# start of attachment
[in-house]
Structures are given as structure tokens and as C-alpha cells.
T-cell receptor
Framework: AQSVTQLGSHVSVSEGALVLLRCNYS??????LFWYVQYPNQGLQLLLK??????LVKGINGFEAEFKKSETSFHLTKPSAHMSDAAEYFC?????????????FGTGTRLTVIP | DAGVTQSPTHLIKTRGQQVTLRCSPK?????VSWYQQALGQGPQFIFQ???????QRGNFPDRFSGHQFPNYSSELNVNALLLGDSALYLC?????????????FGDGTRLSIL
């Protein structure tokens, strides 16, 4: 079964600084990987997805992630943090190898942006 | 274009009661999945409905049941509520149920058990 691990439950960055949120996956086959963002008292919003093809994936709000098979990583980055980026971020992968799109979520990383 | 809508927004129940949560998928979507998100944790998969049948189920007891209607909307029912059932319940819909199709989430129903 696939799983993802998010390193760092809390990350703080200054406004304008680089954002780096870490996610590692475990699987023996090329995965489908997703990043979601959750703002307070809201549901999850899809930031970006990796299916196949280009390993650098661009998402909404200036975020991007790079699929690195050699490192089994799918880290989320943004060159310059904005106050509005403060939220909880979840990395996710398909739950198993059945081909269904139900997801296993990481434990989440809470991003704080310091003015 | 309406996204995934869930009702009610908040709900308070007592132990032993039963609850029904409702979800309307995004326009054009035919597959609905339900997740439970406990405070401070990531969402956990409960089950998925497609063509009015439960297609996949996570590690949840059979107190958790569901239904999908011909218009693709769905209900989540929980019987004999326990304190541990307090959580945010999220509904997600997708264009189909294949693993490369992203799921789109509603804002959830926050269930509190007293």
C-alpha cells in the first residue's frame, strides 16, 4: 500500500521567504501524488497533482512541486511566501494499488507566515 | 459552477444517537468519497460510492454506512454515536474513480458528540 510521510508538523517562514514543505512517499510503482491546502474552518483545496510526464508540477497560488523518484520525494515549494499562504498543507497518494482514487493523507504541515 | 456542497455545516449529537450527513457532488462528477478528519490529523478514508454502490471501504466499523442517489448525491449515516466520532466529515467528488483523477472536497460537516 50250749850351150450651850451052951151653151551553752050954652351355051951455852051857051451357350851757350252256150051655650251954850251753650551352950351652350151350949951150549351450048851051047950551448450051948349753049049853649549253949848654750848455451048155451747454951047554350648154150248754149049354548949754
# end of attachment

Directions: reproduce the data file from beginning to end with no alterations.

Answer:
[in-house]
Structures are given as structure tokens and as C-alpha cells.
T-cell receptor
Framework: AQSVTQLGSHVSVSEGALVLLRCNYS??????LFWYVQYPNQGLQLLLK??????LVKGINGFEAEFKKSETSFHLTKPSAHMSDAAEYFC?????????????FGTGTRLTVIP | DAGVTQSPTHLIKTRGQQVTLRCSPK?????VSWYQQALGQGPQFIFQ???????QRGNFPDRFSGHQFPNYSSELNVNALLLGDSALYLC?????????????FGDGTRLSIL
């Protein structure tokens, strides 16, 4: 079964600084990987997805992630943090190898942006 | 274009009661999945409905049941509520149920058990 691990439950960055949120996956086959963002008292919003093809994936709000098979990583980055980026971020992968799109979520990383 | 809508927004129940949560998928979507998100944790998969049948189920007891209607909307029912059932319940819909199709989430129903 696939799983993802998010390193760092809390990350703080200054406004304008680089954002780096870490996610590692475990699987023996090329995965489908997703990043979601959750703002307070809201549901999850899809930031970006990796299916196949280009390993650098661009998402909404200036975020991007790079699929690195050699490192089994799918880290989320943004060159310059904005106050509005403060939220909880979840990395996710398909739950198993059945081909269904139900997801296993990481434990989440809470991003704080310091003015 | 309406996204995934869930009702009610908040709900308070007592132990032993039963609850029904409702979800309307995004326009054009035919597959609905339900997740439970406990405070401070990531969402956990409960089950998925497609063509009015439960297609996949996570590690949840059979107190958790569901239904999908011909218009693709769905209900989540929980019987004999326990304190541990307090959580945010999220509904997600997708264009189909294949693993490369992203799921789109509603804002959830926050269930509190007293």
C-alpha cells in the first residue's frame, strides 16, 4: 500500500521567504501524488497533482512541486511566501494499488507566515 | 459552477444517537468519497460510492454506512454515536474513480458528540 510521510508538523517562514514543505512517499510503482491546502474552518483545496510526464508540477497560488523518484520525494515549494499562504498543507497518494482514487493523507504541515 | 456542497455545516449529537450527513457532488462528477478528519490529523478514508454502490471501504466499523442517489448525491449515516466520532466529515467528488483523477472536497460537516 50250749850351150450651850451052951151653151551553752050954652351355051951455852051857051451357350851757350252256150051655650251954850251753650551352950351652350151350949951150549351450048851051047950551448450051948349753049049853649549253949848654750848455451048155451747454951047554350648154150248754149049354548949754